García, Manuela Mendez Sanchez
Manuela Sanchez Mendez García (1903-1995)
Written by Catherine Babikian
Born in Brownsville, Texas, in 1903, Manuela Mendez García was raised by her extended family after her mother’s early death. Manuela was working as an aide at a Dallas hospital when she met Joseph “Joe” Mendez Garcia, who was from Santa Cruz El Grande in the state of Jalisco, Mexico. They married and moved north in search of employment opportunities in the Midwest.
Manuela and Joe were living in LaSalle, Illinois when their fifth child Aurora was born in 1923. Aurora was the first of Manuela's nineteen children to survive infancy. They moved briefly to New York before returning to the Quad City area when Joe secured work as a traquero. During the Depression, the family lived in a boxcar settlement next to the tracks of the Milwaukee Railroad in Buffalo, Iowa, a sparsely populated town about five miles from Davenport. Joe took whatever jobs he could to support the family, including work on the Works Progress Administration (WPA). They moved to Cook's Point after Joe finished building a house on stilts on the banks of the Mississippi River in Davenport.
As the oldest daughter, Aurora's parents expected her to stay home from school to take care of her younger siblings.
I didn’t have time to play. Being the oldest, I always had to help my mother. When the kids were little, I had to help give them baths. When my mother was having a baby, I had to stay home and wash diapers. I used to cry, because I didn’t want to stay home from school. (Aurora García Hernandez)
In 1940, Aurora married Bartolo Hernandez. When he was drafted into the army, she followed him to Fayetteville, North Carolina, where the first of her eleven children was born. When her daughter was just a month old, she returned to Iowa. “I had a heck of a time coming back,” she recalled. “Our clothes were pink when we left, [but when we arrived] they were black from all the smoke and soot coming in from the train.”
In 1952, the City of Davenport evicted the residents of Cook’s Point, dispersing the tight-knit community. The Mendez family decided to move back to Buffalo, Iowa, and Joe started building another house. “I can still remember the move,” wrote Aurora's sister Patricia, who was a child at the time. “All our worldly goods were piled up in the backseat of the car.” But there was no home in Buffalo, at least not yet. “There was no house to speak of,” Patricia remembers. “There was [just] a basement built and ready to move into.” Over the course of the next year, Patricia’s father built the rest of the house on his time off from work.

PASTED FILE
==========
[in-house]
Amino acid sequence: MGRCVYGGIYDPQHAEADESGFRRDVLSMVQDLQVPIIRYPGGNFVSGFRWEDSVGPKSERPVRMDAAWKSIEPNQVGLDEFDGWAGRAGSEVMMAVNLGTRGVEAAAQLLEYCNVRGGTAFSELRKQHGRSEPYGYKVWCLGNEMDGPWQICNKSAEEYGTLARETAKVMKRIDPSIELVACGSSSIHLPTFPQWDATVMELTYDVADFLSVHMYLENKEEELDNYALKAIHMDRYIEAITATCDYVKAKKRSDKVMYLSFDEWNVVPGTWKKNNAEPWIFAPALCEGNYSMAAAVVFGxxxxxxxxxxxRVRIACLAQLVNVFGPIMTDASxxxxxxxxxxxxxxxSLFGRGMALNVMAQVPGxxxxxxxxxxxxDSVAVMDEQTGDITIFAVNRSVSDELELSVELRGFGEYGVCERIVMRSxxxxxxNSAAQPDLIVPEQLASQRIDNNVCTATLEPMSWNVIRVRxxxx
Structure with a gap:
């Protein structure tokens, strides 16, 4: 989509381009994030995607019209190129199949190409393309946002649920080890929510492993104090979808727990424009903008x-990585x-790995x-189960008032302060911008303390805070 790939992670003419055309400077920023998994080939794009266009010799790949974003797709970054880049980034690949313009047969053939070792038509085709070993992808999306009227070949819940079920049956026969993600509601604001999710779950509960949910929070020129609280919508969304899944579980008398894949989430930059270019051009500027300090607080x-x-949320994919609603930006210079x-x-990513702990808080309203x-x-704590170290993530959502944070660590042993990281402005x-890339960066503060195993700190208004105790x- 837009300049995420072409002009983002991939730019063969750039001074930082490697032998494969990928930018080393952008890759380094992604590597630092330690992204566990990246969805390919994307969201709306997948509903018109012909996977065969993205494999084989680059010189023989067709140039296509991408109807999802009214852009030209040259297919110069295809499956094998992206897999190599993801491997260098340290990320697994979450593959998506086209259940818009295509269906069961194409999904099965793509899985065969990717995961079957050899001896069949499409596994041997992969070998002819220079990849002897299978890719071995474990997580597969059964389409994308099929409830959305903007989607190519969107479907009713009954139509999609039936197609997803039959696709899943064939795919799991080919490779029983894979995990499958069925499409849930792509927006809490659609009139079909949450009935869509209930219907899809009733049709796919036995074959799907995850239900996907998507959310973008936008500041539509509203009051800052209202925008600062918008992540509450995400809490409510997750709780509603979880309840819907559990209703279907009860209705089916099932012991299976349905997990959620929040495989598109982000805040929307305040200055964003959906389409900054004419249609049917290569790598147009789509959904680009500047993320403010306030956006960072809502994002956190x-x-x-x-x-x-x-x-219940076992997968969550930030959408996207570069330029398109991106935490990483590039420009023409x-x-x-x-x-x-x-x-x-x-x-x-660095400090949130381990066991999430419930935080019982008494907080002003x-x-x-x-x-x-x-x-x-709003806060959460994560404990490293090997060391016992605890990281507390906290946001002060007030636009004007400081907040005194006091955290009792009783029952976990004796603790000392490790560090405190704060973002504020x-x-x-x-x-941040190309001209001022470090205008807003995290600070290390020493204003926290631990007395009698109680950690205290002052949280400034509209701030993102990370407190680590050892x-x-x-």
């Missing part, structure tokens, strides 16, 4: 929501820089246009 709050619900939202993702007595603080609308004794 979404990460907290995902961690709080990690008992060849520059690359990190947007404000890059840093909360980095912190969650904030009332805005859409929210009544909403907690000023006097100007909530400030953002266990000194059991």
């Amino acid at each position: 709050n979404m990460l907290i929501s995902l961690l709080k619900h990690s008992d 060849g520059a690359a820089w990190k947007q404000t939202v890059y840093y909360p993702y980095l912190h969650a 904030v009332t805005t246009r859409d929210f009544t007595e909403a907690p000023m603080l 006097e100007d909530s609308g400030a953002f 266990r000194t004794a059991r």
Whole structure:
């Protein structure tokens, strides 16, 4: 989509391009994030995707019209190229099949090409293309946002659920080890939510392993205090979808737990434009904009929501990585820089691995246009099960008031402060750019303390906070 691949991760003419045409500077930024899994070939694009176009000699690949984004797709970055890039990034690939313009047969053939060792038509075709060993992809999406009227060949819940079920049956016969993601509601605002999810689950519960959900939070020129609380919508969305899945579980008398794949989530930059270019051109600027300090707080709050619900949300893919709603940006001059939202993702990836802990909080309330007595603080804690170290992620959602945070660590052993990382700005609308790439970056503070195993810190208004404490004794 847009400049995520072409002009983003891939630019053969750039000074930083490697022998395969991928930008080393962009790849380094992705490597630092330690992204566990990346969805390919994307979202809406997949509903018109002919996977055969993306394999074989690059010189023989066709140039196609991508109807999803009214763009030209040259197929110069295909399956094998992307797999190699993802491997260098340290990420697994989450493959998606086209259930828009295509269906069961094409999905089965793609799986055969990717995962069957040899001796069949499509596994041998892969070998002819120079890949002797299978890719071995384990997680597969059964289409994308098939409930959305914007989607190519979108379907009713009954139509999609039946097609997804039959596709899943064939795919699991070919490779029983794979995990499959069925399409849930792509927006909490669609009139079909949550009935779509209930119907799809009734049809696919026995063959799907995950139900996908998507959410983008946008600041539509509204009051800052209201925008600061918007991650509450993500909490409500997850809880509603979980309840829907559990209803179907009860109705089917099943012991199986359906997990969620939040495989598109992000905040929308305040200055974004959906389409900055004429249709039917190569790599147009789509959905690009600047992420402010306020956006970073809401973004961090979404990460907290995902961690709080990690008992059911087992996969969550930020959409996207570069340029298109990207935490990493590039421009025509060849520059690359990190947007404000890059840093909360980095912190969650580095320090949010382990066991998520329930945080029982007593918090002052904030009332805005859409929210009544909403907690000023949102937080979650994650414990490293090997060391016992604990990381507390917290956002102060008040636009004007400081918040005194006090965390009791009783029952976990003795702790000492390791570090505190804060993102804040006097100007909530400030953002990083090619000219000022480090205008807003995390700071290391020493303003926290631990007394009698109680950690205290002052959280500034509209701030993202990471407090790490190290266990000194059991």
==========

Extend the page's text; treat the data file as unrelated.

Their arrival in Buffalo was soon marked by tragedy, when one of the youngest Mendez children, Bobby, drowned in the Mississippi River. He was eight years old.
I went back to Cook’s Point when my little brother died in the river. They were playing cops and robbers. He was the last one in line. They followed a little path and when they got a little further away and they asked, “Where’s Bobby?” “Well, we don’t know. We thought he was over here.” They went and told my mom, “Bobby’s not around and we can’t see him.” They went over there, by the fence, and they [saw] the hole that went under the fence—he must have fallen through. I think for a whole week, they [the police] couldn’t find him, because he was already sucked underneath the current. When you get sucked under, they can’t find you. He just died. (Mercy Aguilera)
After Bobby’s death, many of Patricia’s siblings returned to the Quad Cities. “I met them [my siblings] for the first time when they came for the funeral,” she remembered. “After that, they would come down more often. I guess they could see how my mom and dad were sad.” For Patricia Garcia Tashiro, growing up in Buffalo was hard, but she wouldn’t have changed a thing. “My mom and dad made a better life for us after we left Cook’s Point,” she wrote. “It wasn’t the best or the easiest, but we survived.”
Read more of Patricia Tashiro's account of growing up in Cook's Point in her memoir, "Yesterdays Gone By: A Narrative," preserved in the Iowa Women's Archives.
(Oral history interview with Aurora Hernandez conducted for the Mujeres Latinas Project by Teresa García, May 9, 2007)